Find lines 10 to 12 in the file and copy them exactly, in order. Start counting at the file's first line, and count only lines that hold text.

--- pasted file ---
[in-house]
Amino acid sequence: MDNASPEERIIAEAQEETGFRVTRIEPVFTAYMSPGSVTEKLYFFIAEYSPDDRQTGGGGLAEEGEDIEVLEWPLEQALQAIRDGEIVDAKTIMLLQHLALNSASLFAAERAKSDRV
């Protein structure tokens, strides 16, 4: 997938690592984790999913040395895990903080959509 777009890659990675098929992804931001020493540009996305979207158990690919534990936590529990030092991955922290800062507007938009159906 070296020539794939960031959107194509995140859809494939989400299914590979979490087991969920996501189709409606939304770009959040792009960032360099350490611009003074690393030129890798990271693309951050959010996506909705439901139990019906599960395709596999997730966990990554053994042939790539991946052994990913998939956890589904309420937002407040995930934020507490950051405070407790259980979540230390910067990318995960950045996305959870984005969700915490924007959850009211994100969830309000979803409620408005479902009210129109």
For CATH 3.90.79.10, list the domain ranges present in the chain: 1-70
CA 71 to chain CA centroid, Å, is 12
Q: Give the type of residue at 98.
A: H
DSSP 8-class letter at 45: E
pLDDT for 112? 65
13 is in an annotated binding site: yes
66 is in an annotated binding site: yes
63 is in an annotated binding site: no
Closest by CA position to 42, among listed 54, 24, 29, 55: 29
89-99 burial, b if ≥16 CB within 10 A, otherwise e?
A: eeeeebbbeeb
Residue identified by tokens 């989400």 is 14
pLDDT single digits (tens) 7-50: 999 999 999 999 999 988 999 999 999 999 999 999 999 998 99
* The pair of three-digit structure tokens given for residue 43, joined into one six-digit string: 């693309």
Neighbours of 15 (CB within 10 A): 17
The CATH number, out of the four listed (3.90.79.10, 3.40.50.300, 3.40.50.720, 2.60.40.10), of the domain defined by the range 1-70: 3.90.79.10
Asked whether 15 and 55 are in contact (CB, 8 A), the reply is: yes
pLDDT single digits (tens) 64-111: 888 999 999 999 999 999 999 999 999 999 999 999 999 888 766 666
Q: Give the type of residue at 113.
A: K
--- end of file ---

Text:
13 is in an annotated binding site: yes
66 is in an annotated binding site: yes
63 is in an annotated binding site: no